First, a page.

Greenzie-equipped mowers are smart, capable, efficient, productive and can help reduce labor costs of lawn maintenance. But they aren't perfect. Here are some of the current imitations and gotchas as of April 2023.
Greenzie-equipped mowers running autonomous mowing software are safe, smart, capable, productive and can make your crews more efficient while reducing labor costs. But they aren’t perfect.
Here are some of the current limitations and gotchas as of April 2023.
The mower in manual mode is fully capable of slopes and sloped terrain, but in autonomous mode, if you put your boundaries on slopes, the mower may struggle and turn down the hill. Future software updates will make the mower slope aware to turn up the hill. For now, leave the hills in the middle of the perimeter to go up and down (slight slopes are fine), or just mow the flat areas around the hills in sections and jump on another mower to tag team the job and get it done 100% faster.
The cameras are fully capable, 360, and see better than us, and even in the dark. However, small obstacles in the grass can trick the mower (just like you and me). If something doesn’t come up out of the grass, the mower will run over it. It’s best to keep the area for mowing clear, and not put obstacles in the path. Small thin obstacles such as guide wires are a no-no. Use a cone to distinguish these obstacles, and toss it out while driving, or carve these out during your perimeter mow.
Sometimes, going in and out of shady areas, in full sun, back and forth can trigger false obstacles. The reason is auto exposure, and timing. These generally clear quickly and if you slow the mower down, the auto exposure can work quickly to change to see the detail, but if you’re going at full speed, it can sometimes cause the mower to pause while the exposure adjusts. Here’s a video of it in real life, this was on the boundary, so not a big deal. Just like when you are driving and the sun glare blinds you and you have to adjust. We are working on setting an exposure and area for auto exposure to limit the wild swings in software, and will likely fix this in a future update. For now, consider changing the angle, time of mow, or using relaxed obstacle detection mode. There are many work arounds for this now while we improve our software.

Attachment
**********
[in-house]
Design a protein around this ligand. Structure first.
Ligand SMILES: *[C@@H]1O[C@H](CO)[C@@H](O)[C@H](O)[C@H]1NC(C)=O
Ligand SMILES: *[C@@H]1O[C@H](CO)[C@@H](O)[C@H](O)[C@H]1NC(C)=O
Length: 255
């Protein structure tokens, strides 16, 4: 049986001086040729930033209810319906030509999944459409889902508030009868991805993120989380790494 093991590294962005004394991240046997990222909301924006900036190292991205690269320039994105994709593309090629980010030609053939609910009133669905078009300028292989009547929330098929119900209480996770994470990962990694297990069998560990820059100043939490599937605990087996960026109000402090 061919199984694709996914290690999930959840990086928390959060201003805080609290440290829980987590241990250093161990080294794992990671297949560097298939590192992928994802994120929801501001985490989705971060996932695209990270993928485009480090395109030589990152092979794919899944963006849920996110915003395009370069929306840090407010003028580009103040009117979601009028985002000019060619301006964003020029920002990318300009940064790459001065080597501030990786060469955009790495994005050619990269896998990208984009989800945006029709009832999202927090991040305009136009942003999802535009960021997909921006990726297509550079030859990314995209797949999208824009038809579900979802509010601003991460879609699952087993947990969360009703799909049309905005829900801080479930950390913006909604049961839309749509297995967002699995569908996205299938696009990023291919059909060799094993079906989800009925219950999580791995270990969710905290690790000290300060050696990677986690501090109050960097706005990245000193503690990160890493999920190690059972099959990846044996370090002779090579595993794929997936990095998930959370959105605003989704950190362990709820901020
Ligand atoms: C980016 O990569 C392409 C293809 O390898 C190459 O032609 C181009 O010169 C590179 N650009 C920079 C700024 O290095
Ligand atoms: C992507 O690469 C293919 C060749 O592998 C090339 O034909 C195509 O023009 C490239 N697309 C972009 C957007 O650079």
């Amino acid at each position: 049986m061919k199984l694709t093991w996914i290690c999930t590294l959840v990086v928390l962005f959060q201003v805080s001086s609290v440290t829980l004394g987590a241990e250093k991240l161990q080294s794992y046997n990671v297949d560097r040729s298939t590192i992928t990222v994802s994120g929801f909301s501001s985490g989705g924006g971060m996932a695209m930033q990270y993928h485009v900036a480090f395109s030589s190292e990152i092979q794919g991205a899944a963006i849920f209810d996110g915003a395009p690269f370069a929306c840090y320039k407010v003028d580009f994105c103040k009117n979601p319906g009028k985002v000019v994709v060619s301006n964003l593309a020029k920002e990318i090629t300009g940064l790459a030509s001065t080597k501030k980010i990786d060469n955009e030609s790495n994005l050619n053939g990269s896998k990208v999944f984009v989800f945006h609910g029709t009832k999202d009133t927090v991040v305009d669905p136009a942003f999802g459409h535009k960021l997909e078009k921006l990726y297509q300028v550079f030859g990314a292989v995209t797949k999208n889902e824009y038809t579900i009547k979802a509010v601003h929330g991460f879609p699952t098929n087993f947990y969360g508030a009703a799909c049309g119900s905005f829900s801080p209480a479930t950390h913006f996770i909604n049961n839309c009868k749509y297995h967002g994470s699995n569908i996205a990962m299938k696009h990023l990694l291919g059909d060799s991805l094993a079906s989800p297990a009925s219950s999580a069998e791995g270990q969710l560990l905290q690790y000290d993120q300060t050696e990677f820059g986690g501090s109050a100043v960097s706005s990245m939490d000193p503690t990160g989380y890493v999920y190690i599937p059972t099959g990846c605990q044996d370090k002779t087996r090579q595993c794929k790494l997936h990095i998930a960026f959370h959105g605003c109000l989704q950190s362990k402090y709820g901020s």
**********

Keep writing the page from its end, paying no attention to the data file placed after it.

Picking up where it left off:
Some tight angled turns may create missed slivers, or pizza stripes in wet grass, and certain conditions. This can also leave duff and big mulched clumps. But good news is that the software can do an extra perimeter pass, to clean this up. We’re always improving our turn algorithm and overlap, so future updates may make even this final perimeter lap unnecessary.
Mowing around obstacles still leaves a 3 ft from the obstacle path. While we anticipate in future updates being able to go closer and closer to obstacles, this is an area we take seriously with safety and will likely take time to decrease. It’s best to leave obstacles out of the way and let the mower mow the big areas, as us humans are better at mowing.
You can mow autonomously in the rain: the mower works great: it doesn’t care, just put some water repellant wipes and you’re good to go. You can mow in the rain, wash the mower, it’s water resistant, built to last, but it is not fully waterproof (i.e don’t put it in the pond, as the engine isn’t waterproof either). We’ve tested in the field and have used it all season during rain. If the rain is too heavy, it might see false positives, but at that point your field might be too muddy and you might rut, but finishing a job or light rain is no problem.
As always, your sites and conditions may vary, but after 5 years, we’ve seen a lot, and the Greenzie software with rugged reliable industry standard sensors from the self driving car technology is available now and very capable. The only other gotcha is once you’ve had a Greenzie-equipped mower on your crew, it’s tough to go back to just using a manual only mower.